This begs two questions: What are the odds of two Seattle teams winding up with two of the worst hitters in baseball history just a decade apart, and which was worse, the Pilot who hit more than .200 just once in six seasons, or the Mariner who hit less than .200 in five of his nine campaigns?
As to the first question, we cant say other than to note that it probably figures, given Seattle’s historic penchant for sporting mediocrity (on the other hand, Seattle is the only city to simultaneously sport Major League Baseballs single-season record holder in hits — Ichiro, 262, 2004 — and the NFLs single-season record holder in touchdowns — Shaun Alexander, 28, 2005). As for the second, it depends on how the numbers are diced.
Oyler compiled a .175 career batting average, the lowest of any player to step to the plate at least 1,000 times since the deadball era. Oylers .135 average in 1968, the year before he joined the Pilots, represents the worst in the majors since Bill Bergen, by acclamation the worst hitter in history, hit .139 in 1909.
Of the 20-odd players who finished their careers with at least 1,000 plate appearances and a batting average below .200, Oyler has one of the lowest OPS+ marks — 48 (On Base + Slugging Percentage adjusted for the park and the league in which the player played). An OPS+ of 150 or more is exceptional (Ted Williams, 190), 125 very good (Ken Griffey Jr., 134) and 75 or below not so good (Willie Bloomquist, 75).
But among non-pitchers with more than 1,000 plate appearances, Mendoza ranks No. 2 (behind Bergen’s 21) on the list of lowest career OPS+ at 41, according to Baseball Reference’s Player Index tool.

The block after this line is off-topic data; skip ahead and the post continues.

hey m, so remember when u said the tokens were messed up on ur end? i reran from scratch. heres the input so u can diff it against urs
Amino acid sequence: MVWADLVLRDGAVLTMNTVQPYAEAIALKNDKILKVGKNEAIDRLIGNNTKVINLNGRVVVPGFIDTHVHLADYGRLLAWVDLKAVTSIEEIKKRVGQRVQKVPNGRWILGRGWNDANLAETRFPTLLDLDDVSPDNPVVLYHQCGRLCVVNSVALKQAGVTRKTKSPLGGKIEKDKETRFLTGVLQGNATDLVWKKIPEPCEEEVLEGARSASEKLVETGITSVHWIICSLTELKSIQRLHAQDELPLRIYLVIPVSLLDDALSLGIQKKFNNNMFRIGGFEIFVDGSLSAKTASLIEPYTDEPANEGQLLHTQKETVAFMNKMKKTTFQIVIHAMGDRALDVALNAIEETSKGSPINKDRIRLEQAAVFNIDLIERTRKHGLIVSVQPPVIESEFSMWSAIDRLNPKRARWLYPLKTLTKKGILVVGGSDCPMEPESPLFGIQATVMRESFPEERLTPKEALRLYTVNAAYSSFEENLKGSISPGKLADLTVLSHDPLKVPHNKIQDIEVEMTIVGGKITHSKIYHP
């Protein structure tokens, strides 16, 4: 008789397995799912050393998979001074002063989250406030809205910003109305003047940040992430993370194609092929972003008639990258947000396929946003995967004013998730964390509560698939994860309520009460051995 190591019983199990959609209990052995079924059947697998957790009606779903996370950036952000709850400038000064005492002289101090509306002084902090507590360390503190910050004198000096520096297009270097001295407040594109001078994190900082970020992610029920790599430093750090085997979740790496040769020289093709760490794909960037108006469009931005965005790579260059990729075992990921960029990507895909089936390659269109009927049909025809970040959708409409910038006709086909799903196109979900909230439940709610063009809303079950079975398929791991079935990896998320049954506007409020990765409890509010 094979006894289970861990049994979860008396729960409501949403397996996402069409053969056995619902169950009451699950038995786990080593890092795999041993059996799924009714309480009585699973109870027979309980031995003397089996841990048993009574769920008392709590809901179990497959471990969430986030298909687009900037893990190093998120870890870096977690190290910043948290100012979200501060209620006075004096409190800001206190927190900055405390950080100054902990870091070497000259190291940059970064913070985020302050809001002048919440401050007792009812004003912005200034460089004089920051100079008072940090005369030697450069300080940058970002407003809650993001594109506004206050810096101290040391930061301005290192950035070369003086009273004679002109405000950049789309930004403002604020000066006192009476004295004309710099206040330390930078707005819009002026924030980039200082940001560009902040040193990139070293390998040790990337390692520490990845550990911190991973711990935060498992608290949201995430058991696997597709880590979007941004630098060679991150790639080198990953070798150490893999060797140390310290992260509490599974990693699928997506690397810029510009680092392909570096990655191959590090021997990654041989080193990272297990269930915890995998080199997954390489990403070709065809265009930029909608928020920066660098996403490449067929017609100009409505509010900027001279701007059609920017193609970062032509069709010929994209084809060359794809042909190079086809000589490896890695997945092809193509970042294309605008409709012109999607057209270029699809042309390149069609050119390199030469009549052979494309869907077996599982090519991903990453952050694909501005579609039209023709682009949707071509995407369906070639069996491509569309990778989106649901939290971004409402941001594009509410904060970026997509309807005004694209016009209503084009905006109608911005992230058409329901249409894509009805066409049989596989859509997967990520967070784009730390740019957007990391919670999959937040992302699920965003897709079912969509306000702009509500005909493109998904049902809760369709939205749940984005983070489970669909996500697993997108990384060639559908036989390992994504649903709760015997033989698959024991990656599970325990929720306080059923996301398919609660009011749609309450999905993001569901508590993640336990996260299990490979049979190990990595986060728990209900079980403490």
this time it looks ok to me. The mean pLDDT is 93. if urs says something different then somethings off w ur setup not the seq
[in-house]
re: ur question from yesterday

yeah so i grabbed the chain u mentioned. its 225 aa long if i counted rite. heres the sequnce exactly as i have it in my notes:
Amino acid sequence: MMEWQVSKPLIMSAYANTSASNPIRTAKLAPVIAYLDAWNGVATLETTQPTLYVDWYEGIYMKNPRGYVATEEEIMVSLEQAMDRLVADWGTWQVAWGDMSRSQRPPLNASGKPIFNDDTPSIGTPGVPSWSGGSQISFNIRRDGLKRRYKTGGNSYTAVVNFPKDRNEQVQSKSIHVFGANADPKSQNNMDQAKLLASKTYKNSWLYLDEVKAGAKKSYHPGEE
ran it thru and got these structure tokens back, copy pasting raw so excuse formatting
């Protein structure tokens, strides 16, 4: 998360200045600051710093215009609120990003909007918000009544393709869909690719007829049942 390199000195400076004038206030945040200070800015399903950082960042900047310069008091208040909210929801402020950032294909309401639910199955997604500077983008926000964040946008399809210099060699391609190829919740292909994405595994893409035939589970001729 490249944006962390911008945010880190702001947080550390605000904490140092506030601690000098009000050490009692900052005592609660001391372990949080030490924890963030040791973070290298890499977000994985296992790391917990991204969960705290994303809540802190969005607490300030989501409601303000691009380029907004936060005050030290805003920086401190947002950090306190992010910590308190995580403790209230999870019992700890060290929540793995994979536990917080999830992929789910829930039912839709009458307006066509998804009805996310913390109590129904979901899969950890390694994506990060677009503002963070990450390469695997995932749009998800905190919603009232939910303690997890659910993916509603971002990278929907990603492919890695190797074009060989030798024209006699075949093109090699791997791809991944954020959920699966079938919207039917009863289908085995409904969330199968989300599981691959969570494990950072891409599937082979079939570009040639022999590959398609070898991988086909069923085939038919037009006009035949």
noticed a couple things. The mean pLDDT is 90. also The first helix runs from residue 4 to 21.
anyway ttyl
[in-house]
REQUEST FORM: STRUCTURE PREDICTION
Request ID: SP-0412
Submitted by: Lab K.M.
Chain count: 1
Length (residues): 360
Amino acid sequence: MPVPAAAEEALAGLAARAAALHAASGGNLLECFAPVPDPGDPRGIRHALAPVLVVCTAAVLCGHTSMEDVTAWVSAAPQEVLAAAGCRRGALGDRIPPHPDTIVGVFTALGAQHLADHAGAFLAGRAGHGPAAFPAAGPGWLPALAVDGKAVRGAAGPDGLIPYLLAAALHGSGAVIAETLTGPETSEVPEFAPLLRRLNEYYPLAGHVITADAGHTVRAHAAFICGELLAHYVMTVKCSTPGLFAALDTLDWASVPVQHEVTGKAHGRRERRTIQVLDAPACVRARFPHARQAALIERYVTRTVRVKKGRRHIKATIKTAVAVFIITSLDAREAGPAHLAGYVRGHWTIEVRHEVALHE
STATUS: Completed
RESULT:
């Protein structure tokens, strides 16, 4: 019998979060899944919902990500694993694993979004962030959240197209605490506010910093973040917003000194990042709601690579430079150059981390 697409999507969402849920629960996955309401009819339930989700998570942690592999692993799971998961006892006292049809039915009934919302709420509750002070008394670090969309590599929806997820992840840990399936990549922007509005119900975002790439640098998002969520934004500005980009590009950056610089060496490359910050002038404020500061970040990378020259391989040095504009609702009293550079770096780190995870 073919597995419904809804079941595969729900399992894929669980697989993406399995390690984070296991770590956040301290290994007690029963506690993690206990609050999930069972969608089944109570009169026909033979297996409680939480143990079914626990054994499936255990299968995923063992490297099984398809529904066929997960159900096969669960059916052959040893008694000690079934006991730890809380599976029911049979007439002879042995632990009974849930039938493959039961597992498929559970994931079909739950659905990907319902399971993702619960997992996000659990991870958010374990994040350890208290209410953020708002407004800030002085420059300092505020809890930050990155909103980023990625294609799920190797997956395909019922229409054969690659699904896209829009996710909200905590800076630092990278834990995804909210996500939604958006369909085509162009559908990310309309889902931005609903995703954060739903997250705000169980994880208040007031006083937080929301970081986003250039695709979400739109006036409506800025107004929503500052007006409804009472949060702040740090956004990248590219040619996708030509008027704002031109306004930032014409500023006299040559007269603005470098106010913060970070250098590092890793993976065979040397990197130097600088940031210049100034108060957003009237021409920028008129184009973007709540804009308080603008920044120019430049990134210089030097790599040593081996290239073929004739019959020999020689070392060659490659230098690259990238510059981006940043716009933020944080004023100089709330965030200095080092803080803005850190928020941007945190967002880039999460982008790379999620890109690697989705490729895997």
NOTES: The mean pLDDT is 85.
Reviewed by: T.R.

Stats aside, perhaps Bruce Nash and Allan Zullo, authors of the amusing “The Baseball Hall of Shame” series, published in the late 1980s, make for the best arbiters of the “Who was the worst?” question. They researched thoroughly more than a century of hitless wonders. In their book, the first “hitless wonder” they profile is Mendoza, second is Bergen, and third is Oyler, about whom Nash and Zullo write, “Ray Oyler was born to be an easy out. He lived in a slump his entire major league career, becoming the pitcher’s best friend.”
This is how Oylers 1969 season with the Pilots compares to Mendozas 1979 season with the Mariners (while Oyler’s batting average was worse, his OPS+ was better):
This is how Oylers career (1965-70) compares with Mendozas (1974-82). Note how similar they are in OPS (on base plus slugging):
Just for the fun of it, and recognizing that the Mariners still have a lot of baseball left this season, this is how Chone Figgins to date compares to Oyler’s 1969 and Mendoza’s 1979:
Oddly, no sooner did Chris Berman and his studio mates make The Mendoza Line infamous in early 1980 than Mendoza began distancing himself from it. After hitting .176 in April, he batted .400 in May and .292 in June. Although Mendoza hit just .205 the rest of the way, he finished at .245, a career high.